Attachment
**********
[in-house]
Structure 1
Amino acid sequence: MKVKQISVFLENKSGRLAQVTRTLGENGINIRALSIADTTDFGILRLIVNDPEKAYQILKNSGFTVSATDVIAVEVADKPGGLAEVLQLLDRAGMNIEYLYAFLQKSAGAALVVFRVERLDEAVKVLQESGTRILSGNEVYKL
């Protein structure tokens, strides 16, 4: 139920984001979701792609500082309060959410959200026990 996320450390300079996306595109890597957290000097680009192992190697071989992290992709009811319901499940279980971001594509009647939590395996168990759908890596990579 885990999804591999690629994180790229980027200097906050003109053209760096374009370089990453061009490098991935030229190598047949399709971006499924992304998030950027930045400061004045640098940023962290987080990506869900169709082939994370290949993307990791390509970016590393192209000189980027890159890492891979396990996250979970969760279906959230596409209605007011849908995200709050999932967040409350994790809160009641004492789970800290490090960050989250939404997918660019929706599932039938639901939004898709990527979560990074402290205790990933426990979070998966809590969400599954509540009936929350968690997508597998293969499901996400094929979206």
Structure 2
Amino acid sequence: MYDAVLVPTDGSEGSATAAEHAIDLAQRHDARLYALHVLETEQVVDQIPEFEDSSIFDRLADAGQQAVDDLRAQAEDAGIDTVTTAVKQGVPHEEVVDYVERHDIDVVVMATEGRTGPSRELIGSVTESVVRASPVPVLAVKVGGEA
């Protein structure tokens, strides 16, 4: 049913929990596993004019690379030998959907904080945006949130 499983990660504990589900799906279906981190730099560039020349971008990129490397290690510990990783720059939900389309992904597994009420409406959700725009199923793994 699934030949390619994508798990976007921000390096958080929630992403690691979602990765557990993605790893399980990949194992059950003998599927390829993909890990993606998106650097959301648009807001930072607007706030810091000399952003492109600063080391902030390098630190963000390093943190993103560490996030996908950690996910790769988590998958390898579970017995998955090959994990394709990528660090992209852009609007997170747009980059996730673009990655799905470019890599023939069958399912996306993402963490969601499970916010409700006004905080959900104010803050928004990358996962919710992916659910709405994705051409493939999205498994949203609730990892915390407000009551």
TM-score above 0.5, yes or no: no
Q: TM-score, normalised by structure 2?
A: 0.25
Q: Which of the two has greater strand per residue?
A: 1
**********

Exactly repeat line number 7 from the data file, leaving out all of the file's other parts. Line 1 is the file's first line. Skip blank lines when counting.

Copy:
């Protein structure tokens, strides 16, 4: 049913929990596993004019690379030998959907904080945006949130 499983990660504990589900799906279906981190730099560039020349971008990129490397290690510990990783720059939900389309992904597994009420409406959700725009199923793994 699934030949390619994508798990976007921000390096958080929630992403690691979602990765557990993605790893399980990949194992059950003998599927390829993909890990993606998106650097959301648009807001930072607007706030810091000399952003492109600063080391902030390098630190963000390093943190993103560490996030996908950690996910790769988590998958390898579970017995998955090959994990394709990528660090992209852009609007997170747009980059996730673009990655799905470019890599023939069958399912996306993402963490969601499970916010409700006004905080959900104010803050928004990358996962919710992916659910709405994705051409493939999205498994949203609730990892915390407000009551």